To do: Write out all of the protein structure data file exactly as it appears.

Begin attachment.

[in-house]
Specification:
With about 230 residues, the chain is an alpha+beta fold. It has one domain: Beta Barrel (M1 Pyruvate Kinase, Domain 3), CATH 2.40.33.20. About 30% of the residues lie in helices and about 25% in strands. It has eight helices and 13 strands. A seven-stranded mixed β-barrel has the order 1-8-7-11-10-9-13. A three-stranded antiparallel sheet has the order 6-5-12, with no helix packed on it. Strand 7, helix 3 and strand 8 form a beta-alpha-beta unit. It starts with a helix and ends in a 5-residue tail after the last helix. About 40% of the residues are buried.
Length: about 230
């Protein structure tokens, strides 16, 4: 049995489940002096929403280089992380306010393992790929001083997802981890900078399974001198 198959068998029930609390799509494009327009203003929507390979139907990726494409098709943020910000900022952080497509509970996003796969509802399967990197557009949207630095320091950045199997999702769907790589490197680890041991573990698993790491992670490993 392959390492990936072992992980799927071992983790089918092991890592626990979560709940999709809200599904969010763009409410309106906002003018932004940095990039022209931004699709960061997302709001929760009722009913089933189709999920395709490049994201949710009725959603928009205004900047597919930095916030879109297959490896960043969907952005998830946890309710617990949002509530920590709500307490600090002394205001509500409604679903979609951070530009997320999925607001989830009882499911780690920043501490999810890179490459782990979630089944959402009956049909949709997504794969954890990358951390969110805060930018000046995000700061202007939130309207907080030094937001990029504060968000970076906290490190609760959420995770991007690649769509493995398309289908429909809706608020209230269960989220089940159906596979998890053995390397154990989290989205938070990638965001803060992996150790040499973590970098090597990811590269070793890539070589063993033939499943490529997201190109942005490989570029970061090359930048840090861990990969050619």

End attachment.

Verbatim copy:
[in-house]
Specification:
With about 230 residues, the chain is an alpha+beta fold. It has one domain: Beta Barrel (M1 Pyruvate Kinase, Domain 3), CATH 2.40.33.20. About 30% of the residues lie in helices and about 25% in strands. It has eight helices and 13 strands. A seven-stranded mixed β-barrel has the order 1-8-7-11-10-9-13. A three-stranded antiparallel sheet has the order 6-5-12, with no helix packed on it. Strand 7, helix 3 and strand 8 form a beta-alpha-beta unit. It starts with a helix and ends in a 5-residue tail after the last helix. About 40% of the residues are buried.
Length: about 230
């Protein structure tokens, strides 16, 4: 049995489940002096929403280089992380306010393992790929001083997802981890900078399974001198 198959068998029930609390799509494009327009203003929507390979139907990726494409098709943020910000900022952080497509509970996003796969509802399967990197557009949207630095320091950045199997999702769907790589490197680890041991573990698993790491992670490993 392959390492990936072992992980799927071992983790089918092991890592626990979560709940999709809200599904969010763009409410309106906002003018932004940095990039022209931004699709960061997302709001929760009722009913089933189709999920395709490049994201949710009725959603928009205004900047597919930095916030879109297959490896960043969907952005998830946890309710617990949002509530920590709500307490600090002394205001509500409604679903979609951070530009997320999925607001989830009882499911780690920043501490999810890179490459782990979630089944959402009956049909949709997504794969954890990358951390969110805060930018000046995000700061202007939130309207907080030094937001990029504060968000970076906290490190609760959420995770991007690649769509493995398309289908429909809706608020209230269960989220089940159906596979998890053995390397154990989290989205938070990638965001803060992996150790040499973590970098090597990811590269070793890539070589063993033939499943490529997201190109942005490989570029970061090359930048840090861990990969050619």